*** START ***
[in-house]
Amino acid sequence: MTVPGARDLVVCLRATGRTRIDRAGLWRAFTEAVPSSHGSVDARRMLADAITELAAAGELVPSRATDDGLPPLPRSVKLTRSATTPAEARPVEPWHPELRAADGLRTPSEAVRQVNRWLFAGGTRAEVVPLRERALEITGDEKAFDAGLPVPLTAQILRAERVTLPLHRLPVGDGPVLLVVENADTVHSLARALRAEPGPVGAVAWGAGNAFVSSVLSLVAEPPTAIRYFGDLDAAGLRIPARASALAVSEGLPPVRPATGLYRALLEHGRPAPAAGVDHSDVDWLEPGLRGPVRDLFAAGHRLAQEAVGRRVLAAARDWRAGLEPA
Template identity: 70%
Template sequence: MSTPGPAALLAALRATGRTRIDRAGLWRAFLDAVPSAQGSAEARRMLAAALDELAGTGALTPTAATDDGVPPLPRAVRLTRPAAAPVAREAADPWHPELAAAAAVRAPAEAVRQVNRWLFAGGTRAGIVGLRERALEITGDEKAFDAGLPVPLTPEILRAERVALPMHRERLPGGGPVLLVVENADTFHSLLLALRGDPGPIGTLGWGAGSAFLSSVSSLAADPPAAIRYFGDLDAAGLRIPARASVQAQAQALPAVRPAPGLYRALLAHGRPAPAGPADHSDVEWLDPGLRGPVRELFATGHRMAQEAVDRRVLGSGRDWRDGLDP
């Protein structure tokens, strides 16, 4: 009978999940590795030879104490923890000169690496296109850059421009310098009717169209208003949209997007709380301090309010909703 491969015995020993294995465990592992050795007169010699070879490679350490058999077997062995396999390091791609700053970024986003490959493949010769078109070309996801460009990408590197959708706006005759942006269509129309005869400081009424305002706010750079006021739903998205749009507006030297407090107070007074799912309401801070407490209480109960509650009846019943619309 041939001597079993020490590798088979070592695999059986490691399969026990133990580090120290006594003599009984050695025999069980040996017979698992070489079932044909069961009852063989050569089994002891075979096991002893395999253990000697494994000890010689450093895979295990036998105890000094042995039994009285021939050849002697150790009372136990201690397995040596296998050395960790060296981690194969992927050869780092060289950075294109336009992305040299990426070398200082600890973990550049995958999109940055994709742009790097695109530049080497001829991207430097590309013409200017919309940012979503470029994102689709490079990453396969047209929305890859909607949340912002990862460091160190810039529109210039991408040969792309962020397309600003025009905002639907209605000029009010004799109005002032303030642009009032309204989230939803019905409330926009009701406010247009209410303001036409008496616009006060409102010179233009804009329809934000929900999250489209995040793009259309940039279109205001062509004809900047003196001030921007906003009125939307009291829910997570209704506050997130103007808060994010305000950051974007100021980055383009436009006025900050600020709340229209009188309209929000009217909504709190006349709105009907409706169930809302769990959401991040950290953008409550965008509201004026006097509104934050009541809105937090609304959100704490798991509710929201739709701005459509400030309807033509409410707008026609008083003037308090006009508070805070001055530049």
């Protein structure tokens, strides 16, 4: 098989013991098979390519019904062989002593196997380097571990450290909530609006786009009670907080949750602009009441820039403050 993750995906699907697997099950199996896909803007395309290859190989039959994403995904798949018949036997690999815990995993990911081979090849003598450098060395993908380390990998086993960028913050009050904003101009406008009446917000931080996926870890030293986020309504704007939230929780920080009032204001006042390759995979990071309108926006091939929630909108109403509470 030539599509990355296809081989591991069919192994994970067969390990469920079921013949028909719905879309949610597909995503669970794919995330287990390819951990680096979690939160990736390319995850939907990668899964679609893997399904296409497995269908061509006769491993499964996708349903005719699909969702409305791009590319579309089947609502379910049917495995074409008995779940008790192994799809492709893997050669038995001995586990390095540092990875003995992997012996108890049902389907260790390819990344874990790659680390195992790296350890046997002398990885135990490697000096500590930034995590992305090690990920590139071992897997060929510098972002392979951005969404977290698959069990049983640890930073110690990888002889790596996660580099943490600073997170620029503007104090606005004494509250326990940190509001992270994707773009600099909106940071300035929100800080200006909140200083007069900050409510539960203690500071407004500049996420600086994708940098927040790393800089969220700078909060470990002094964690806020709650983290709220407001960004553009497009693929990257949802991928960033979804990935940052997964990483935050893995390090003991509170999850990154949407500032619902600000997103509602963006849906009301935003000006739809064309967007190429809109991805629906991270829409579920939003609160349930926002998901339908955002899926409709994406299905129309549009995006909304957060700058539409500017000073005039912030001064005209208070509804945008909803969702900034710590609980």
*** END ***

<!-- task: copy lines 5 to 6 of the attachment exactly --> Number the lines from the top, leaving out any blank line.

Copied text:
């Protein structure tokens, strides 16, 4: 009978999940590795030879104490923890000169690496296109850059421009310098009717169209208003949209997007709380301090309010909703 491969015995020993294995465990592992050795007169010699070879490679350490058999077997062995396999390091791609700053970024986003490959493949010769078109070309996801460009990408590197959708706006005759942006269509129309005869400081009424305002706010750079006021739903998205749009507006030297407090107070007074799912309401801070407490209480109960509650009846019943619309 041939001597079993020490590798088979070592695999059986490691399969026990133990580090120290006594003599009984050695025999069980040996017979698992070489079932044909069961009852063989050569089994002891075979096991002893395999253990000697494994000890010689450093895979295990036998105890000094042995039994009285021939050849002697150790009372136990201690397995040596296998050395960790060296981690194969992927050869780092060289950075294109336009992305040299990426070398200082600890973990550049995958999109940055994709742009790097695109530049080497001829991207430097590309013409200017919309940012979503470029994102689709490079990453396969047209929305890859909607949340912002990862460091160190810039529109210039991408040969792309962020397309600003025009905002639907209605000029009010004799109005002032303030642009009032309204989230939803019905409330926009009701406010247009209410303001036409008496616009006060409102010179233009804009329809934000929900999250489209995040793009259309940039279109205001062509004809900047003196001030921007906003009125939307009291829910997570209704506050997130103007808060994010305000950051974007100021980055383009436009006025900050600020709340229209009188309209929000009217909504709190006349709105009907409706169930809302769990959401991040950290953008409550965008509201004026006097509104934050009541809105937090609304959100704490798991509710929201739709701005459509400030309807033509409410707008026609008083003037308090006009508070805070001055530049």
């Protein structure tokens, strides 16, 4: 098989013991098979390519019904062989002593196997380097571990450290909530609006786009009670907080949750602009009441820039403050 993750995906699907697997099950199996896909803007395309290859190989039959994403995904798949018949036997690999815990995993990911081979090849003598450098060395993908380390990998086993960028913050009050904003101009406008009446917000931080996926870890030293986020309504704007939230929780920080009032204001006042390759995979990071309108926006091939929630909108109403509470 030539599509990355296809081989591991069919192994994970067969390990469920079921013949028909719905879309949610597909995503669970794919995330287990390819951990680096979690939160990736390319995850939907990668899964679609893997399904296409497995269908061509006769491993499964996708349903005719699909969702409305791009590319579309089947609502379910049917495995074409008995779940008790192994799809492709893997050669038995001995586990390095540092990875003995992997012996108890049902389907260790390819990344874990790659680390195992790296350890046997002398990885135990490697000096500590930034995590992305090690990920590139071992897997060929510098972002392979951005969404977290698959069990049983640890930073110690990888002889790596996660580099943490600073997170620029503007104090606005004494509250326990940190509001992270994707773009600099909106940071300035929100800080200006909140200083007069900050409510539960203690500071407004500049996420600086994708940098927040790393800089969220700078909060470990002094964690806020709650983290709220407001960004553009497009693929990257949802991928960033979804990935940052997964990483935050893995390090003991509170999850990154949407500032619902600000997103509602963006849906009301935003000006739809064309967007190429809109991805629906991270829409579920939003609160349930926002998901339908955002899926409709994406299905129309549009995006909304957060700058539409500017000073005039912030001064005209208070509804945008909803969702900034710590609980």